The meeting of SAP University Alliances took place on September 11 and 12 at SAP headquarters in Walldorf and St. Leon-Rot. In addition to 300 university professors and lecturers from all over the world, the South African secretary of education Naledi Pandor and the minister of research and science of the German state of Baden-Württemberg Professor Peter Frankenberg were present and took the opportunity to learn about the latest topics in research and education.
In his opening speech, SAP cofounder and Supervisory Board chairperson Professor Hasso Plattner emphasized the importance of good educational institutions for a successful future. “If we want to maintain the level we enjoy today, we have to accelerate the speed of innovation.” He sees the greatest challenge in laying the right foundations: “As long as we can stay on top, we might be a good member of this global economy. And a prerequisite for this is education.”
Education as an investment
During the two-day event, the participants discussed how the concept of education as an investment for the future could be improved. Pandor is patron of the SAP University Alliance program in Africa. She emphasized the problem of the insufficient technical infrastructure in many African universities. There is also a great shortage of highly trained experts needed to keep up with economic growth. The universities, and with them SAP University Alliances, are playing a central role in solving this problem. “The program opens a window for growth and development in Africa.”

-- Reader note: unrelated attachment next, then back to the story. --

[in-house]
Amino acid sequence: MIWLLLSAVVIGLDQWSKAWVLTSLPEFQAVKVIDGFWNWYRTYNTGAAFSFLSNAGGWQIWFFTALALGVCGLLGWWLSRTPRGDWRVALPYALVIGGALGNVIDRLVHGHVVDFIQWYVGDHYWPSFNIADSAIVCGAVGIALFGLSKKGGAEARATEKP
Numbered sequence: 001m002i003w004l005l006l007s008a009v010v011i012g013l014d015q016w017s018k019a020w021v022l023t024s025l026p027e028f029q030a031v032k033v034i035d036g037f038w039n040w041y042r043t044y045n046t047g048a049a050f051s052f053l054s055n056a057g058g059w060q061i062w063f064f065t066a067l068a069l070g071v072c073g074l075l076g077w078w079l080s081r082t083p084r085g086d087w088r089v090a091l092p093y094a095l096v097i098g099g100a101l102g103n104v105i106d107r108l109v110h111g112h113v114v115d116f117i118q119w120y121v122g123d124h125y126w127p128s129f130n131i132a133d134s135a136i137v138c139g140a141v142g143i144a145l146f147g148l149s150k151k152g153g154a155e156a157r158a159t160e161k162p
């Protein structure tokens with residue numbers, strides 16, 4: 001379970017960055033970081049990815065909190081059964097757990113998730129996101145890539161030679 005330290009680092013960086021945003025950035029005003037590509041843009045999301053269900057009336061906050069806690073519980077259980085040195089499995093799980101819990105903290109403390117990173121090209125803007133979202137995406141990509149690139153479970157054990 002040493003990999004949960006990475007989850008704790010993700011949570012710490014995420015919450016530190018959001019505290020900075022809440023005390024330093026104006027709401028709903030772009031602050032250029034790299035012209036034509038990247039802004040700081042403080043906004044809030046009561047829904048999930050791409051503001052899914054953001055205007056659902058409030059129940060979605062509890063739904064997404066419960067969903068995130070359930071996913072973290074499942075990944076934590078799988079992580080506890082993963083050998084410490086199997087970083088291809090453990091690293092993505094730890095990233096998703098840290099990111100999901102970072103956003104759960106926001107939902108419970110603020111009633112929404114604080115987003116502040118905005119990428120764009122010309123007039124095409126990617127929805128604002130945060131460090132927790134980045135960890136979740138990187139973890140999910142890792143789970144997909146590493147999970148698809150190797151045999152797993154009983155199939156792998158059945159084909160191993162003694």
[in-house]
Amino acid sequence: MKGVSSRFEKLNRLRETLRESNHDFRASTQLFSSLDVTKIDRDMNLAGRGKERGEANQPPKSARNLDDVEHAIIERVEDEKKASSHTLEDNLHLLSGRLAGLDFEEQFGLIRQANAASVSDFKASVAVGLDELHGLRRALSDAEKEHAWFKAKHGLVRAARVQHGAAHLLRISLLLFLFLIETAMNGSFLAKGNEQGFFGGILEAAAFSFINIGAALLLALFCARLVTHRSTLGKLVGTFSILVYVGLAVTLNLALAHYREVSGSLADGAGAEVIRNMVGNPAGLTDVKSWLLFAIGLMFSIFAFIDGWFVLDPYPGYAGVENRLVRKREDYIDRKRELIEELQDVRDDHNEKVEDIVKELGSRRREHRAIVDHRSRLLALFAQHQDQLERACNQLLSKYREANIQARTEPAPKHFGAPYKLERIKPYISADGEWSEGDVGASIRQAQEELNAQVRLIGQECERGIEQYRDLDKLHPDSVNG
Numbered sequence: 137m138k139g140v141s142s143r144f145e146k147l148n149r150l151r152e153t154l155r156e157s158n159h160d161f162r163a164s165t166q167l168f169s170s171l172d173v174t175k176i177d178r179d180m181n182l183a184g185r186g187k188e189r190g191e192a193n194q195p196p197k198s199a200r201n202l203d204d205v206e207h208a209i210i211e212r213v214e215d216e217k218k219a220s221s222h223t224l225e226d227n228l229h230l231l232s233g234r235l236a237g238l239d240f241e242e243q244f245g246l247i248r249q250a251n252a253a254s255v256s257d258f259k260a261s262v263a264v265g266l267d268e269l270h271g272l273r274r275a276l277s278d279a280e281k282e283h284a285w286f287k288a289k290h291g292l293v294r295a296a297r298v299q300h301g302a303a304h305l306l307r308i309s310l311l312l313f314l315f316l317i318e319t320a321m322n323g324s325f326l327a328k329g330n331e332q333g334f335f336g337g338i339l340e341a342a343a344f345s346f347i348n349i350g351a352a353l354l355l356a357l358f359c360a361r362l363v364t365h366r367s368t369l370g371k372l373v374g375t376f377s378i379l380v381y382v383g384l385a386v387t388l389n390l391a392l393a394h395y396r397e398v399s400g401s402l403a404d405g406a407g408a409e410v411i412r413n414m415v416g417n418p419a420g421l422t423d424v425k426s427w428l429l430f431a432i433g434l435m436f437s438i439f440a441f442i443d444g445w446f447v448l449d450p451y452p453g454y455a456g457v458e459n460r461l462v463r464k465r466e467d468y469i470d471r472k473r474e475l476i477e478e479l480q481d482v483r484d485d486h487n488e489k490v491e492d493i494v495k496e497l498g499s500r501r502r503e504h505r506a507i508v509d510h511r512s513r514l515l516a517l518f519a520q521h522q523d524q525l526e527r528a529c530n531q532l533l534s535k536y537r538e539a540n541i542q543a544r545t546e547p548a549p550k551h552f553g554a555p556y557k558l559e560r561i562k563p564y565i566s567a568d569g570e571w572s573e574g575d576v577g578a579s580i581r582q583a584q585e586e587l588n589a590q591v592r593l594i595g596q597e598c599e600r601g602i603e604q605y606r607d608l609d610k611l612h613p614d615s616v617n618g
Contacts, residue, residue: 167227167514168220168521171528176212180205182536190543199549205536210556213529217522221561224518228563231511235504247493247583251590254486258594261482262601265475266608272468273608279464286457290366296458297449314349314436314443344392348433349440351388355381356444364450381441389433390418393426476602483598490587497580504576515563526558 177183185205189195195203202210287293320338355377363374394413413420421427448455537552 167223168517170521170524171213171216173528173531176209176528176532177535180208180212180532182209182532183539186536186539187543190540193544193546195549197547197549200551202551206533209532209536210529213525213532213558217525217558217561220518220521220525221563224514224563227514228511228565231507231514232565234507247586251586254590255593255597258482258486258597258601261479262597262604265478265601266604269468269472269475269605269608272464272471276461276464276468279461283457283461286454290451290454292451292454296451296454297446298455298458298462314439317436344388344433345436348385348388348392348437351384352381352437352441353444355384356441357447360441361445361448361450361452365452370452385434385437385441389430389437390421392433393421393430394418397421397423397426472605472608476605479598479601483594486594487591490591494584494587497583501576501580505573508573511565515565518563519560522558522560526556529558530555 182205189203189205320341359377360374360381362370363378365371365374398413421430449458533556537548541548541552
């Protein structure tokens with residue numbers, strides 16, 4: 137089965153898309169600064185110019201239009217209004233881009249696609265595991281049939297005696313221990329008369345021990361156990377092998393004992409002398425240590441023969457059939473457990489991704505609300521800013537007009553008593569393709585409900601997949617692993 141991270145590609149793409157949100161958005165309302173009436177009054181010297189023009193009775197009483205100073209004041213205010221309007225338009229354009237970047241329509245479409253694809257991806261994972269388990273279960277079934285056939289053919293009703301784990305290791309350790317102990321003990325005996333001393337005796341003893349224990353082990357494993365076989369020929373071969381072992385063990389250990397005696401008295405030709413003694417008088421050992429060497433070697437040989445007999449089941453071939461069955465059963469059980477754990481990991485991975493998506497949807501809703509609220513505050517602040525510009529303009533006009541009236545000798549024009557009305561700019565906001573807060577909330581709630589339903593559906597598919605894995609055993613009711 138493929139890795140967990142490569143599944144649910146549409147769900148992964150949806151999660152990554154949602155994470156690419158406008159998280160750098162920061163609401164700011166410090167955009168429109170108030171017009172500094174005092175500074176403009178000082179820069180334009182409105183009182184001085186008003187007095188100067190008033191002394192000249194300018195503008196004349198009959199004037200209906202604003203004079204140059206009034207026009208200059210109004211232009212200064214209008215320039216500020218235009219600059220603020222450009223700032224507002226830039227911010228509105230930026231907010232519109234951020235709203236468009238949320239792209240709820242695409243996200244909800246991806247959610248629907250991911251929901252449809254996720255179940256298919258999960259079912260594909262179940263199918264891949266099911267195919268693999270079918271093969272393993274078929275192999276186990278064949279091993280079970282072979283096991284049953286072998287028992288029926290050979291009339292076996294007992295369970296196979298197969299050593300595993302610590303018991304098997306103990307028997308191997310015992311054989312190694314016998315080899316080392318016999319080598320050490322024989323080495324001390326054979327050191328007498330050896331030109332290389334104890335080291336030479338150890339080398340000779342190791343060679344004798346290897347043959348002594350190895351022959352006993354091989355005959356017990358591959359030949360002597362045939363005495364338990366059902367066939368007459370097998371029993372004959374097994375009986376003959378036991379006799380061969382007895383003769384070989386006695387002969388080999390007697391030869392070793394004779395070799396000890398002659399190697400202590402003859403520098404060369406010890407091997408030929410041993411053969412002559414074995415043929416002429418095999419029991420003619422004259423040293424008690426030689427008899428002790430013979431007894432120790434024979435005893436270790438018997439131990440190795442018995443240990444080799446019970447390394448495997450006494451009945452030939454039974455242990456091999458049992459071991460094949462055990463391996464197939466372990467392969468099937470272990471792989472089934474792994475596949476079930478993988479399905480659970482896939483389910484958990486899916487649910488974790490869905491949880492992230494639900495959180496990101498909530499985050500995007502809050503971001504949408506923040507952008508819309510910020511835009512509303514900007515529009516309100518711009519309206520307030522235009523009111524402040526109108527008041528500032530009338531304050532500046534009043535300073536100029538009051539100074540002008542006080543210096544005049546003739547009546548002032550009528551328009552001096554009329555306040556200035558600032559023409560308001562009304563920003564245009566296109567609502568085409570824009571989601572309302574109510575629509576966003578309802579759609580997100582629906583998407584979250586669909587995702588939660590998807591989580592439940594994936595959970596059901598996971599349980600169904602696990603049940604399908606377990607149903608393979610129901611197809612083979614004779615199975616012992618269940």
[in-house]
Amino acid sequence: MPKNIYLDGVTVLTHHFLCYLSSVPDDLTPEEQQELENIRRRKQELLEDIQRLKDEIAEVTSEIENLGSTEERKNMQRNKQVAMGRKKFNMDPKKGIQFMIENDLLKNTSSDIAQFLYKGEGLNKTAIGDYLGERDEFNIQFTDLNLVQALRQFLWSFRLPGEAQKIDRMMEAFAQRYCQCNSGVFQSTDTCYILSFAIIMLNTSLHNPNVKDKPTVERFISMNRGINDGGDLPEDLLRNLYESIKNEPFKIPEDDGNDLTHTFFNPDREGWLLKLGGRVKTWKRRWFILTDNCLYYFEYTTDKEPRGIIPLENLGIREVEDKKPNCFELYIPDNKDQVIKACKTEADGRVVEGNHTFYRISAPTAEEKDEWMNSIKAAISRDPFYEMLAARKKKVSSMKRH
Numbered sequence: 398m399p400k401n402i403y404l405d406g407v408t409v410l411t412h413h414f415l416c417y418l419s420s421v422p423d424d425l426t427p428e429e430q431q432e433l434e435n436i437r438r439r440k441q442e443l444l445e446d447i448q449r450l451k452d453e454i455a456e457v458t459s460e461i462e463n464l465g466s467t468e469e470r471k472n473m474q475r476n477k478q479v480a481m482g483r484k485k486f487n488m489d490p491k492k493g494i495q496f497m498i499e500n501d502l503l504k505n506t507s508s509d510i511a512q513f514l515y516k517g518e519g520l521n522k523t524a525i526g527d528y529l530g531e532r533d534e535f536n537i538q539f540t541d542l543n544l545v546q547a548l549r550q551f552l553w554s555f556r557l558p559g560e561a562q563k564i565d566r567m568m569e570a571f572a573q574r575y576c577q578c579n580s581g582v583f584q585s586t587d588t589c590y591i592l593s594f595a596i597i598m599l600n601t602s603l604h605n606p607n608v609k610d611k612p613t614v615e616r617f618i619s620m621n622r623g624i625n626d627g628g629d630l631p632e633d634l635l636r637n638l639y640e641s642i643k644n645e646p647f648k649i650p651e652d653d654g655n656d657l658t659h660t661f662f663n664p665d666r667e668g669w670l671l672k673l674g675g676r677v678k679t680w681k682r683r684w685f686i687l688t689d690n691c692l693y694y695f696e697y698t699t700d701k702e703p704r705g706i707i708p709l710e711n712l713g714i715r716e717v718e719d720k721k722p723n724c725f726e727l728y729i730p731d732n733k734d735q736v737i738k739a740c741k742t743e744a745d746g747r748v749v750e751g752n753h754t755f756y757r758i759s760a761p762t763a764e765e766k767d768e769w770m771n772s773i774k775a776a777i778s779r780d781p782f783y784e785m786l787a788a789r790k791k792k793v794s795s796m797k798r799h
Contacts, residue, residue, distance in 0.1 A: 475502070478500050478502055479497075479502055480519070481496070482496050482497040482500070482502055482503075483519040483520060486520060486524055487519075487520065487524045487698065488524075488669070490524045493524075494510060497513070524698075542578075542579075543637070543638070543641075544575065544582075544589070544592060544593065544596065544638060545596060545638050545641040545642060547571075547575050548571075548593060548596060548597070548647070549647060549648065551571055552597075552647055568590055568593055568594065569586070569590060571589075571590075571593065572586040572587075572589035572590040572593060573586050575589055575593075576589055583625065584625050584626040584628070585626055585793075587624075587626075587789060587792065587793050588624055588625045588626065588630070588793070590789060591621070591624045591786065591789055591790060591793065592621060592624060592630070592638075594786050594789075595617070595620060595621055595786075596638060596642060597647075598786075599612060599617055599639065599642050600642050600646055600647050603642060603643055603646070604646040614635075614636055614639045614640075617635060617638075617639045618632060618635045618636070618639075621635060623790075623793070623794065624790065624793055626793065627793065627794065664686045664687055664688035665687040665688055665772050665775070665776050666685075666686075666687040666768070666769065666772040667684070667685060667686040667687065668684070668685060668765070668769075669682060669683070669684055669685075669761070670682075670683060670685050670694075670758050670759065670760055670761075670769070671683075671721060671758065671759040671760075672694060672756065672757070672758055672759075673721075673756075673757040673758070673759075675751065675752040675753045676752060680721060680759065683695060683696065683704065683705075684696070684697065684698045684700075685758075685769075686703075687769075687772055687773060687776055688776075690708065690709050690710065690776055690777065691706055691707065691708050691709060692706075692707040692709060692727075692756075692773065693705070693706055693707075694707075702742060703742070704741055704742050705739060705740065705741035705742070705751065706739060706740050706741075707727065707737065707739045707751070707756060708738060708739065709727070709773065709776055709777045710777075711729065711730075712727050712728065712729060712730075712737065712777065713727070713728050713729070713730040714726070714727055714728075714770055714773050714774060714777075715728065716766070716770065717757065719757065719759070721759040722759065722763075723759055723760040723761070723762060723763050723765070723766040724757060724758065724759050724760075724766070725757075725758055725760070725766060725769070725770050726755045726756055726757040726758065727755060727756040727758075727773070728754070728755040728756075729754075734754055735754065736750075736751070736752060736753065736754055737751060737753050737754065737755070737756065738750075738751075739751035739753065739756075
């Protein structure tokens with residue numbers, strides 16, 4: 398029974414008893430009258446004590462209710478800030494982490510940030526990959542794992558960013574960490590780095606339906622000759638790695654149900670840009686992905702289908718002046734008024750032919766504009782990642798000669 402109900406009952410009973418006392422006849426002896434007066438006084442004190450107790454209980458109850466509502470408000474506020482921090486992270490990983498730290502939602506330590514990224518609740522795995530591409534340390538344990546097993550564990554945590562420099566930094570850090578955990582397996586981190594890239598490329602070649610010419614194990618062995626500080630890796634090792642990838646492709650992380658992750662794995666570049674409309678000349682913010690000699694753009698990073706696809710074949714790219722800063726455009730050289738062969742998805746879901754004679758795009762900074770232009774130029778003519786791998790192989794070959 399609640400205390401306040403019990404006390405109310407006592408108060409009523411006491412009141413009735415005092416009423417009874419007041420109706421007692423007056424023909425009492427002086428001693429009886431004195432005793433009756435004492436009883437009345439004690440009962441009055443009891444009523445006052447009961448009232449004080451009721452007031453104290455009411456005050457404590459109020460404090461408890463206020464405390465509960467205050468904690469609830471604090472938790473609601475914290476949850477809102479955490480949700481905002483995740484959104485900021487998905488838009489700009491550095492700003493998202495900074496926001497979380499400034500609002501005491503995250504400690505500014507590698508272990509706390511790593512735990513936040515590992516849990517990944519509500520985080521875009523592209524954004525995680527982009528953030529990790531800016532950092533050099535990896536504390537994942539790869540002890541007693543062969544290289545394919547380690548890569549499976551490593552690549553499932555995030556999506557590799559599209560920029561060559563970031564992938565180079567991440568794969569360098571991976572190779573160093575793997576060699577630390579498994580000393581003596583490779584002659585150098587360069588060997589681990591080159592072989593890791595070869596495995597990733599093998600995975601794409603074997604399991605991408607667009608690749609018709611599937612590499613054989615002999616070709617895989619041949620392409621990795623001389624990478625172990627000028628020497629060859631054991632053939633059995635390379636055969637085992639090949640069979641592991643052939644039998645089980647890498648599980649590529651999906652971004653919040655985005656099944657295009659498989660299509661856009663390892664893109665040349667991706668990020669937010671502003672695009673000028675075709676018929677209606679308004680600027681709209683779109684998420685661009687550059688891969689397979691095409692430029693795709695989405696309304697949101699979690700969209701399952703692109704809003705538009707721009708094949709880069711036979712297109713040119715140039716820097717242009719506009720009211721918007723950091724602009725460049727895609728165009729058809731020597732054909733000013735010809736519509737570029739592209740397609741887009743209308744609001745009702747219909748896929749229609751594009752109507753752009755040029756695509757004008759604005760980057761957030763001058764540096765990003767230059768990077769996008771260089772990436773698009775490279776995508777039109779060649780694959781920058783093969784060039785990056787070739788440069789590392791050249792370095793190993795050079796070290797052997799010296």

Companies are desperately looking for the next generation of IT specialists in other countries, too. In cooperation with SAP, universities worldwide are trying to use the SAP University Alliances program to meet the increasing need for graduates with a practical background. Knowledge of IT alone is no longer sufficient: Graduates also need a profound understanding of business processes because business and IT belong together.
New challenges for universities
SAP University Alliances
With this program, SAP supports practice-based training by giving teachers, lecturers, and students worldwide access to the latest SAP technologies. SAP University Alliances is directed at universities and vocational schools that want to actively integrate SAP software into their teaching of process-oriented business and computer science. More than 700 educational institutions in research and education are involved in the program, benefiting over 150,000 students around the globe.
The challenge of designing a practice-based curriculum lies in this combination. The meeting enabled the universities to swap experiences of different curricula. Professor Lisa Seymour from the University of Cape Town, South Africa, for example, hit the nerve of the economy: “Afterwards, many alumni write me how much they have benefited from my lecturers in their professional lives.” Seymour’s courses have contributed to their professional success. She is now passing on her experience to colleagues all over the world.
Combining process understanding with IT knowledge is not an easy job for universities or students. Professor Helmut Krcmar, head of the University Competence Center at the Technical University of Munich, Germany, pointed out that the ideas and expectations of students often deviate considerably from the actual study program. Good initial information and careful selection of students is therefore important to prevent frustration and a high dropout rate. Only in this way can universities satisfy the increasing demand on the labor market.